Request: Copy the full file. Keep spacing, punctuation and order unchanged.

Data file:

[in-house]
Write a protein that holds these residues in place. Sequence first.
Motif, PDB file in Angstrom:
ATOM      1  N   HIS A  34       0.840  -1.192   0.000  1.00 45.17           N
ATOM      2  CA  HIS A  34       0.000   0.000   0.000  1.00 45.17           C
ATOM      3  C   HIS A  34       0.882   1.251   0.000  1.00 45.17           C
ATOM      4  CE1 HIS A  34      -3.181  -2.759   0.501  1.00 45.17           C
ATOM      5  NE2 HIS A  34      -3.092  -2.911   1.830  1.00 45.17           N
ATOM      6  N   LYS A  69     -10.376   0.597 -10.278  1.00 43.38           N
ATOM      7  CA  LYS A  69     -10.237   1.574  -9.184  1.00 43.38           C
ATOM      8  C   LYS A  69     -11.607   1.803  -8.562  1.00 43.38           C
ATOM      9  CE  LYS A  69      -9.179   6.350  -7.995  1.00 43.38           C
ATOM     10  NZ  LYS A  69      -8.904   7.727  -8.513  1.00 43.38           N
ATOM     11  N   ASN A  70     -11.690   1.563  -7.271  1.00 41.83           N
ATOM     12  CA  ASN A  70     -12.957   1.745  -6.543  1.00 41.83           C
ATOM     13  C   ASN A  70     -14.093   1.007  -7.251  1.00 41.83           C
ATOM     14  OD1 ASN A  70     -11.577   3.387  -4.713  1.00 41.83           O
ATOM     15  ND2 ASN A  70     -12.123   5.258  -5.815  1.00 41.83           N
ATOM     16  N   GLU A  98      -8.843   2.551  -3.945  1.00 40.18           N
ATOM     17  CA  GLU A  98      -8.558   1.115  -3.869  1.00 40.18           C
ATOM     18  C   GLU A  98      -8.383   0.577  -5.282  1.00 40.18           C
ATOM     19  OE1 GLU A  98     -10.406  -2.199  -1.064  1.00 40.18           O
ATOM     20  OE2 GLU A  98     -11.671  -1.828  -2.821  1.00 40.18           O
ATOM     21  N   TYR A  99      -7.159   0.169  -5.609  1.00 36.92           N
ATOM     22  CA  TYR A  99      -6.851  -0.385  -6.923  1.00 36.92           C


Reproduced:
[in-house]
Write a protein that holds these residues in place. Sequence first.
Motif, PDB file in Angstrom:
ATOM      1  N   HIS A  34       0.840  -1.192   0.000  1.00 45.17           N
ATOM      2  CA  HIS A  34       0.000   0.000   0.000  1.00 45.17           C
ATOM      3  C   HIS A  34       0.882   1.251   0.000  1.00 45.17           C
ATOM      4  CE1 HIS A  34      -3.181  -2.759   0.501  1.00 45.17           C
ATOM      5  NE2 HIS A  34      -3.092  -2.911   1.830  1.00 45.17           N
ATOM      6  N   LYS A  69     -10.376   0.597 -10.278  1.00 43.38           N
ATOM      7  CA  LYS A  69     -10.237   1.574  -9.184  1.00 43.38           C
ATOM      8  C   LYS A  69     -11.607   1.803  -8.562  1.00 43.38           C
ATOM      9  CE  LYS A  69      -9.179   6.350  -7.995  1.00 43.38           C
ATOM     10  NZ  LYS A  69      -8.904   7.727  -8.513  1.00 43.38           N
ATOM     11  N   ASN A  70     -11.690   1.563  -7.271  1.00 41.83           N
ATOM     12  CA  ASN A  70     -12.957   1.745  -6.543  1.00 41.83           C
ATOM     13  C   ASN A  70     -14.093   1.007  -7.251  1.00 41.83           C
ATOM     14  OD1 ASN A  70     -11.577   3.387  -4.713  1.00 41.83           O
ATOM     15  ND2 ASN A  70     -12.123   5.258  -5.815  1.00 41.83           N
ATOM     16  N   GLU A  98      -8.843   2.551  -3.945  1.00 40.18           N
ATOM     17  CA  GLU A  98      -8.558   1.115  -3.869  1.00 40.18           C
ATOM     18  C   GLU A  98      -8.383   0.577  -5.282  1.00 40.18           C
ATOM     19  OE1 GLU A  98     -10.406  -2.199  -1.064  1.00 40.18           O
ATOM     20  OE2 GLU A  98     -11.671  -1.828  -2.821  1.00 40.18           O
ATOM     21  N   TYR A  99      -7.159   0.169  -5.609  1.00 36.92           N
ATOM     22  CA  TYR A  99      -6.851  -0.385  -6.923  1.00 36.92           C